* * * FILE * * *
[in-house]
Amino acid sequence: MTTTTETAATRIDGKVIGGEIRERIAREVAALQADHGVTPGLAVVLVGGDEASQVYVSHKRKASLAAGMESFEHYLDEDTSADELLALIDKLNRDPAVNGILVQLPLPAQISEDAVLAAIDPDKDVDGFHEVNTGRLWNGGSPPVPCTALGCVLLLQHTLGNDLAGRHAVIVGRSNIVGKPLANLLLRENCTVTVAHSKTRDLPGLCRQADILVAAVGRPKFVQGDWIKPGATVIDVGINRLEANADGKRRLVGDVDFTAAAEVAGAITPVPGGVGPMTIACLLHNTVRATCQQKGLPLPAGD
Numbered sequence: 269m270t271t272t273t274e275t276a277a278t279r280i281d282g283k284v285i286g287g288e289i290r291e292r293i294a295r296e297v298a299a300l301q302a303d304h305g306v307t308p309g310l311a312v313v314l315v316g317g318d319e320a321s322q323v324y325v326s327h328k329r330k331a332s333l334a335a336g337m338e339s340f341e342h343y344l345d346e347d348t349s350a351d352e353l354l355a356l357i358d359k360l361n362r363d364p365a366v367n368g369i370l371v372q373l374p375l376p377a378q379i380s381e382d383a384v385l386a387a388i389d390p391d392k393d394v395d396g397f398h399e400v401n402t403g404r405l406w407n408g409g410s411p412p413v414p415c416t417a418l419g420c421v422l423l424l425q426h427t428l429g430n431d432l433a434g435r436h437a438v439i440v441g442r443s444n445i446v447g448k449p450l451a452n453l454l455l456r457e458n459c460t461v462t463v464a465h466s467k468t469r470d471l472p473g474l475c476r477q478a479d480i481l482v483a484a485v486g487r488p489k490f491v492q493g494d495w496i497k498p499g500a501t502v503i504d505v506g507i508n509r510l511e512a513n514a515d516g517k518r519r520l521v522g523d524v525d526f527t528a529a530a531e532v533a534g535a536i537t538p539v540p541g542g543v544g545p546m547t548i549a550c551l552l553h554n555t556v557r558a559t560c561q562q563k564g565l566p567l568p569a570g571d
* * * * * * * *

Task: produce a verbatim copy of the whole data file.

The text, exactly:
[in-house]
Amino acid sequence: MTTTTETAATRIDGKVIGGEIRERIAREVAALQADHGVTPGLAVVLVGGDEASQVYVSHKRKASLAAGMESFEHYLDEDTSADELLALIDKLNRDPAVNGILVQLPLPAQISEDAVLAAIDPDKDVDGFHEVNTGRLWNGGSPPVPCTALGCVLLLQHTLGNDLAGRHAVIVGRSNIVGKPLANLLLRENCTVTVAHSKTRDLPGLCRQADILVAAVGRPKFVQGDWIKPGATVIDVGINRLEANADGKRRLVGDVDFTAAAEVAGAITPVPGGVGPMTIACLLHNTVRATCQQKGLPLPAGD
Numbered sequence: 269m270t271t272t273t274e275t276a277a278t279r280i281d282g283k284v285i286g287g288e289i290r291e292r293i294a295r296e297v298a299a300l301q302a303d304h305g306v307t308p309g310l311a312v313v314l315v316g317g318d319e320a321s322q323v324y325v326s327h328k329r330k331a332s333l334a335a336g337m338e339s340f341e342h343y344l345d346e347d348t349s350a351d352e353l354l355a356l357i358d359k360l361n362r363d364p365a366v367n368g369i370l371v372q373l374p375l376p377a378q379i380s381e382d383a384v385l386a387a388i389d390p391d392k393d394v395d396g397f398h399e400v401n402t403g404r405l406w407n408g409g410s411p412p413v414p415c416t417a418l419g420c421v422l423l424l425q426h427t428l429g430n431d432l433a434g435r436h437a438v439i440v441g442r443s444n445i446v447g448k449p450l451a452n453l454l455l456r457e458n459c460t461v462t463v464a465h466s467k468t469r470d471l472p473g474l475c476r477q478a479d480i481l482v483a484a485v486g487r488p489k490f491v492q493g494d495w496i497k498p499g500a501t502v503i504d505v506g507i508n509r510l511e512a513n514a515d516g517k518r519r520l521v522g523d524v525d526f527t528a529a530a531e532v533a534g535a536i537t538p539v540p541g542g543v544g545p546m547t548i549a550c551l552l553h554n555t556v557r558a559t560c561q562q563k564g565l566p567l568p569a570g571d